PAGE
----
If FO was above 20% of admission body weight when CRRT began, the odds of dying during the illness were increased 6-fold (95% confidence interval 2.2-17.0, p=0.0006). Risk of mortality also increased with sepsis (odds ratio 12.9, p=0.0001) and multiple organ dysfuntion syndrome. If only the kidneys had failed, all patients survived.

So they have confirmed the prior literature; what was new? For the 42 survivors, FO above 20% associated with longer need for a ventilator (16 v. 7 days), length of intensive care unit stay (21 v. 14 days), length of hospital stay (57 v. 27 days), and time to renal recovery (26 v. 8 days).

What does this mean?

This study confirms FO as a marker of mortality in children requiring CRRT for AKI. In addition, it shows worse outcomes for children who survive their illness, with longer time on a ventilator, on dialysis, and in the hospital.

Because of the retrospective and descriptive nature of the study, the major question remains:

Why is volume overload associated with worse outcomes in AKI?

When my own work found this association in bone marrow transplant patients, we hypothesized that sicker patients received more fluid for blood pressure support; our population also required more drugs to keep blood pressure up. In this study from Alabama, drugs for blood pressure support did not differ between these groups, nor did PRISM scores to estimate the level of “sickness” of the patients.

What is the alternative to FO as a marker, an epiphenomenon? Perhaps FO itself is toxic. Extra fluid may complicate ventilation and other body systems, especially if it leads to compromised nutritional support. Would earlier intervention with CRRT (perhaps at 10% FO) lead to better outcomes? Only a prospective multicenter study will answer this question.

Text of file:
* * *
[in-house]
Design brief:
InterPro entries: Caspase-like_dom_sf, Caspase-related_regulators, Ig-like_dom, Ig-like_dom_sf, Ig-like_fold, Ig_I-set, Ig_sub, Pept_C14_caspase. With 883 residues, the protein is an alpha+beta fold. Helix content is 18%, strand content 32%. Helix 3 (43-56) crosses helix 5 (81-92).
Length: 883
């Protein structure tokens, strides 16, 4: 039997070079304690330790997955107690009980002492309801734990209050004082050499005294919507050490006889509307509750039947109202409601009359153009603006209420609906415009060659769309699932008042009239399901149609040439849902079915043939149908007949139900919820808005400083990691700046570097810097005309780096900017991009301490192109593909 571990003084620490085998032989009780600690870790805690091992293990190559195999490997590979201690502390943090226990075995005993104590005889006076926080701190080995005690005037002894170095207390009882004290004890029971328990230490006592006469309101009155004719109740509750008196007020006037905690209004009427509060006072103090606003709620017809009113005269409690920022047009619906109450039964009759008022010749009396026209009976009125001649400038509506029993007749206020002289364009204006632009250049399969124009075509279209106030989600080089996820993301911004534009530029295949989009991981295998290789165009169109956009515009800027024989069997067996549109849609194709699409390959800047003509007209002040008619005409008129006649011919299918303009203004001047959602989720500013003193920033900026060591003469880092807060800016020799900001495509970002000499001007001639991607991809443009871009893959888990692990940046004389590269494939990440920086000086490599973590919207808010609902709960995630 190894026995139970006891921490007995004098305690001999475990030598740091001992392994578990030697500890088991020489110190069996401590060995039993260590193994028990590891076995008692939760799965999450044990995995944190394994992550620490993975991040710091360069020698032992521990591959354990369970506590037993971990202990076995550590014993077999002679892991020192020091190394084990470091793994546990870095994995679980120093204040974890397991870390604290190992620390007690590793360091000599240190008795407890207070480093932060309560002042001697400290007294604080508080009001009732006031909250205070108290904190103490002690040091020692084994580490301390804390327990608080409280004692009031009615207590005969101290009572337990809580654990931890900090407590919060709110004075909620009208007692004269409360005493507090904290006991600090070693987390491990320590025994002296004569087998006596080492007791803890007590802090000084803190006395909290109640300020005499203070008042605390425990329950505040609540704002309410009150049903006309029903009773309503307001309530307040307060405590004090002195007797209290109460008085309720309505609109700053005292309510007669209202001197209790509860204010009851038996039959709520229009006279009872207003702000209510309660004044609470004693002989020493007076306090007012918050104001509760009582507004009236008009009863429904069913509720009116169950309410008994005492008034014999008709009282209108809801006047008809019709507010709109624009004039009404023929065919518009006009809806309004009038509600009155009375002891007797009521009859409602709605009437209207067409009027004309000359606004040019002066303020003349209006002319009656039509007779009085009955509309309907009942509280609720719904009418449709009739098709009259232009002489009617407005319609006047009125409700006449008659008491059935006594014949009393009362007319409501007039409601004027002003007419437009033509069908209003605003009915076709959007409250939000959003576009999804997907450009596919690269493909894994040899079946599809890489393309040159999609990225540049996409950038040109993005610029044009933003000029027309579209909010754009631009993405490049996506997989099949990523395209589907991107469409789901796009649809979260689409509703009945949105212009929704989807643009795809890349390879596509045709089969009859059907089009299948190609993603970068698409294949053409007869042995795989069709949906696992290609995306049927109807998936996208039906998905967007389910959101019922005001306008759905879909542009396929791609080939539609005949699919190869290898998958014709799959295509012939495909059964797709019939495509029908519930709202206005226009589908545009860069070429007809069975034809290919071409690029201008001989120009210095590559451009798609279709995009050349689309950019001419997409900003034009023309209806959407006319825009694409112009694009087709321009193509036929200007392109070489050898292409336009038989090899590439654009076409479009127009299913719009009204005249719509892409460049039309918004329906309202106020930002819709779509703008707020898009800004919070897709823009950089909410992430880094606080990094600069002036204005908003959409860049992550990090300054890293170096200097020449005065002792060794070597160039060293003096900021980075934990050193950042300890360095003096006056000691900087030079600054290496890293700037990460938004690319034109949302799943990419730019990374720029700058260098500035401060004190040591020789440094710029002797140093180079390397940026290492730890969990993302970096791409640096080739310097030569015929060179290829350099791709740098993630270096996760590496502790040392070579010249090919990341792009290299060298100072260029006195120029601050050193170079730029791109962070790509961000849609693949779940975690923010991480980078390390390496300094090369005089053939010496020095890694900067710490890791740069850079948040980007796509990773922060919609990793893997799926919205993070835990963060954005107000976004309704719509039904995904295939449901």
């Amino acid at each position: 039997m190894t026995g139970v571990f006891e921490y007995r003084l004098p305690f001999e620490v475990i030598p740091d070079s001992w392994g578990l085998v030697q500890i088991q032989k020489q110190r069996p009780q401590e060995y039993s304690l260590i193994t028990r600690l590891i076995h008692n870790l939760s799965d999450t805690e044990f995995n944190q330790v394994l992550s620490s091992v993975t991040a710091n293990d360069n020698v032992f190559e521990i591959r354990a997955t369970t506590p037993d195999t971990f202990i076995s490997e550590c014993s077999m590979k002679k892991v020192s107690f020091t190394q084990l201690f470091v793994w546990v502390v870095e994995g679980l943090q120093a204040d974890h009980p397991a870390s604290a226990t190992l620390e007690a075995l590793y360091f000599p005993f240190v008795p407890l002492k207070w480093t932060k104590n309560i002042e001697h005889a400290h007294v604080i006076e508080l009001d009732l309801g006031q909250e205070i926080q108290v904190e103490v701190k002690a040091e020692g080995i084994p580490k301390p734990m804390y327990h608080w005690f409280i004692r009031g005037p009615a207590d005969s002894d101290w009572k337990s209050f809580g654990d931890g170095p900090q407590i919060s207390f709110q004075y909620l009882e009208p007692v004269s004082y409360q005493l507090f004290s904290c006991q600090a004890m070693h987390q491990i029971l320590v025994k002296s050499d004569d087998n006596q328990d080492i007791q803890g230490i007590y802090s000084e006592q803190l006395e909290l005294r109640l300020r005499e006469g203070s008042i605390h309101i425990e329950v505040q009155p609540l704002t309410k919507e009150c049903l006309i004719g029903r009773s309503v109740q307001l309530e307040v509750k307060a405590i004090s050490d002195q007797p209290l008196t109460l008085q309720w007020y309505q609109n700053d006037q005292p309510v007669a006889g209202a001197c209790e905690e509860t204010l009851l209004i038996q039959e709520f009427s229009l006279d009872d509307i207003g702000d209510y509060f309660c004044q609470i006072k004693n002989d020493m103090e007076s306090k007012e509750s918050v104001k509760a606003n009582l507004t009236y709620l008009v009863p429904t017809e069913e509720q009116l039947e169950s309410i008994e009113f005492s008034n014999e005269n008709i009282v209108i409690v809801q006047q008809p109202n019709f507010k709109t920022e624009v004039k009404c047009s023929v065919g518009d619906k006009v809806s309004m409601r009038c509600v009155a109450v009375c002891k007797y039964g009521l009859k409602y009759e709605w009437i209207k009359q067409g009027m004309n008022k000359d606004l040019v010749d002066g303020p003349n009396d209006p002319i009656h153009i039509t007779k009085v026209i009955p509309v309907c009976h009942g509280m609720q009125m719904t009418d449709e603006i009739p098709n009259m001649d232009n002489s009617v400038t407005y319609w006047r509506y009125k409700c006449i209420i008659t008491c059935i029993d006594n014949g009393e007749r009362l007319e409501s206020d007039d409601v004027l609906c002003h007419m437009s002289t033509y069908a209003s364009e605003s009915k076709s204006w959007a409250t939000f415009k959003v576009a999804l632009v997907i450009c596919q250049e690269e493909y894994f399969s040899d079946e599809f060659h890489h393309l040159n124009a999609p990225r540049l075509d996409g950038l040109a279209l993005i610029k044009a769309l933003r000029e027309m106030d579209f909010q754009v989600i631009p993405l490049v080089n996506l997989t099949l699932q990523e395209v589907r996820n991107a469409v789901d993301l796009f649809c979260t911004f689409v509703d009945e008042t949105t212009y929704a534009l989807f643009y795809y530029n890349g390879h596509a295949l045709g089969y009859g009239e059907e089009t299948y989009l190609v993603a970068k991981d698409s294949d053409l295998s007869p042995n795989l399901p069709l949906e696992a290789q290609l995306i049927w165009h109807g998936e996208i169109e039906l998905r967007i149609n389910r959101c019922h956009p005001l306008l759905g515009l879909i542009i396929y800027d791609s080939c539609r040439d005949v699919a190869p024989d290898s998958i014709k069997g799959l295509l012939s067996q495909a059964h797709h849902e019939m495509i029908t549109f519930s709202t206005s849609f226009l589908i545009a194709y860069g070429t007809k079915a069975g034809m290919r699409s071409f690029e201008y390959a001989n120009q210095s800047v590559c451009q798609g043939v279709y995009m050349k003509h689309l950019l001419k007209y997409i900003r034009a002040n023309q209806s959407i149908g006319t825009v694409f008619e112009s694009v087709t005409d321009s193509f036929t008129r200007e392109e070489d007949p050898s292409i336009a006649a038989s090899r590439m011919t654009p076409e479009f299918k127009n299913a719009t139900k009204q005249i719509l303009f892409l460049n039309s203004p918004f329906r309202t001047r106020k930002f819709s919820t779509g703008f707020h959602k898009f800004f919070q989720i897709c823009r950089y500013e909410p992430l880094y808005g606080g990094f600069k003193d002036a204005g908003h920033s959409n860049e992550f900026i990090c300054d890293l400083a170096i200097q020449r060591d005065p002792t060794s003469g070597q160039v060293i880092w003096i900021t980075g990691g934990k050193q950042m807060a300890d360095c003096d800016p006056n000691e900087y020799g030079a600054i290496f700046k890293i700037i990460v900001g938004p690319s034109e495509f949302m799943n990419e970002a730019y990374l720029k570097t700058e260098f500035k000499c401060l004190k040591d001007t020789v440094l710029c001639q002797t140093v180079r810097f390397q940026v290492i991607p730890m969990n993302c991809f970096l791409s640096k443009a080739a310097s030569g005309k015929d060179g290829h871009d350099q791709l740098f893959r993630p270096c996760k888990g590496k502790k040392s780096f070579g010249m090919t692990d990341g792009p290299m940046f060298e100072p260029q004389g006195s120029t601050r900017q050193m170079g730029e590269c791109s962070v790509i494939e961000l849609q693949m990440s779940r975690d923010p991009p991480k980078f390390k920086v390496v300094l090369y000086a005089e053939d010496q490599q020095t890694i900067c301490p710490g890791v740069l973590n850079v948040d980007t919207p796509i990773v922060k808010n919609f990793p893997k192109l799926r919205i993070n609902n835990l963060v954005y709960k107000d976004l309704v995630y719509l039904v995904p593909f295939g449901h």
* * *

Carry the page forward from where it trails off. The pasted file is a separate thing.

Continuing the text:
Take-home message

Many physicians see fluid therapy as a completely benign thing to do, with little potential for adverse outcomes. Certainly, patients should receive fluid resuscitation, as noted by the study authors:

…it is vitally important that critically ill children in shock receive adequate treatment; we do not advocate withholding fluids from children during resuscitation.

This study provides one more piece of evidence that we need multicenter studies of earlier CRRT initiation. Only then will we know if saline is the bad guy or an innocent bystander in the morbidity and mortality of the critically ill.

Image courtesy of PhotoXpress.